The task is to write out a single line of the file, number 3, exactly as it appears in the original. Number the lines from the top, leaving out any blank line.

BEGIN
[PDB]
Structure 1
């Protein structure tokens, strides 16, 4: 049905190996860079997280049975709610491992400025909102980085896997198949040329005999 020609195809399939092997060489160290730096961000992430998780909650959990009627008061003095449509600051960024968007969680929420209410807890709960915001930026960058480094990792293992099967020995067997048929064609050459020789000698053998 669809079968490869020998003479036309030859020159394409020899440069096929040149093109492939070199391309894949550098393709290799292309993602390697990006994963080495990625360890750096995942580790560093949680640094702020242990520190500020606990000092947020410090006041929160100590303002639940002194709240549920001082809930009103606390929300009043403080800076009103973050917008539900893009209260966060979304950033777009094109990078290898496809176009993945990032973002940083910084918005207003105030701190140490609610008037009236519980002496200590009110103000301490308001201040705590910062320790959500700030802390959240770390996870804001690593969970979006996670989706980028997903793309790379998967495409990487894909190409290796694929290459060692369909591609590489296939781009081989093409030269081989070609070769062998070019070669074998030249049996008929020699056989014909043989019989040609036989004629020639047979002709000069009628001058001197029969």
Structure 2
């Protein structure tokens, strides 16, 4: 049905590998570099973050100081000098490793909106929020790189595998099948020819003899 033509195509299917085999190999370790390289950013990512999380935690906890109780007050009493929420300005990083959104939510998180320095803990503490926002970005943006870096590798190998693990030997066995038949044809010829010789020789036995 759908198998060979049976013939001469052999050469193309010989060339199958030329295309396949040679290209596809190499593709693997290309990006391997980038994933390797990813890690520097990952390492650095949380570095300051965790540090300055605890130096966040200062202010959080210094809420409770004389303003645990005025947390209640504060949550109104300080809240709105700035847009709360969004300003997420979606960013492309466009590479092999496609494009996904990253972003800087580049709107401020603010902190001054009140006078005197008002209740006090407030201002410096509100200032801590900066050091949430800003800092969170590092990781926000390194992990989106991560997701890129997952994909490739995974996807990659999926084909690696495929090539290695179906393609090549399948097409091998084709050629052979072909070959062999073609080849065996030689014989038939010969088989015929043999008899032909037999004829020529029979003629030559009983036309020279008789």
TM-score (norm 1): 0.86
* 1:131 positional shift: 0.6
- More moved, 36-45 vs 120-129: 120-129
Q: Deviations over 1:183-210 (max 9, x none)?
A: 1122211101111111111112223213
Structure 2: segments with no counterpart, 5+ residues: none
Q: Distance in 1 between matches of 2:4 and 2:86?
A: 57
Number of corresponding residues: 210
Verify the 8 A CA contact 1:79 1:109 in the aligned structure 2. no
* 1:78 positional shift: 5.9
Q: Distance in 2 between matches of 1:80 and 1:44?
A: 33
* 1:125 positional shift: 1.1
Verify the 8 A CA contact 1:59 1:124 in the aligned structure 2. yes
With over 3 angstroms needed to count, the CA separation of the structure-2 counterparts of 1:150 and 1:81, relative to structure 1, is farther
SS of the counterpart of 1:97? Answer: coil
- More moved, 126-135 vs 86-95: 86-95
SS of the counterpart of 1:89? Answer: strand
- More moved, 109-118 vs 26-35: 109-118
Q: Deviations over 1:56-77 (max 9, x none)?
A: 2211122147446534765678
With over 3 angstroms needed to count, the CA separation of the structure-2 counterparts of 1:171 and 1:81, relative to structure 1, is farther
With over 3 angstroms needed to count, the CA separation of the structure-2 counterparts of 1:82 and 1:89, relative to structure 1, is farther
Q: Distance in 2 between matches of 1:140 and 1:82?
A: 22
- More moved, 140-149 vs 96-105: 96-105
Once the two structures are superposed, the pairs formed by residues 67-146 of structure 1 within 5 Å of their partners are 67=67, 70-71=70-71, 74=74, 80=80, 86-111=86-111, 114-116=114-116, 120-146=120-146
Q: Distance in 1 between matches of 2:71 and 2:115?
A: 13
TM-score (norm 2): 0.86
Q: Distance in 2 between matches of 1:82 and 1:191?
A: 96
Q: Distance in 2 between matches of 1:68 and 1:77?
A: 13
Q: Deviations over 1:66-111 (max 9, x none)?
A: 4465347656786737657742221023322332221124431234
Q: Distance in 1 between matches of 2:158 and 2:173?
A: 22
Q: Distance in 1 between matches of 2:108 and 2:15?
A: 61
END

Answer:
């Protein structure tokens, strides 16, 4: 049905190996860079997280049975709610491992400025909102980085896997198949040329005999 020609195809399939092997060489160290730096961000992430998780909650959990009627008061003095449509600051960024968007969680929420209410807890709960915001930026960058480094990792293992099967020995067997048929064609050459020789000698053998 669809079968490869020998003479036309030859020159394409020899440069096929040149093109492939070199391309894949550098393709290799292309993602390697990006994963080495990625360890750096995942580790560093949680640094702020242990520190500020606990000092947020410090006041929160100590303002639940002194709240549920001082809930009103606390929300009043403080800076009103973050917008539900893009209260966060979304950033777009094109990078290898496809176009993945990032973002940083910084918005207003105030701190140490609610008037009236519980002496200590009110103000301490308001201040705590910062320790959500700030802390959240770390996870804001690593969970979006996670989706980028997903793309790379998967495409990487894909190409290796694929290459060692369909591609590489296939781009081989093409030269081989070609070769062998070019070669074998030249049996008929020699056989014909043989019989040609036989004629020639047979002709000069009628001058001197029969």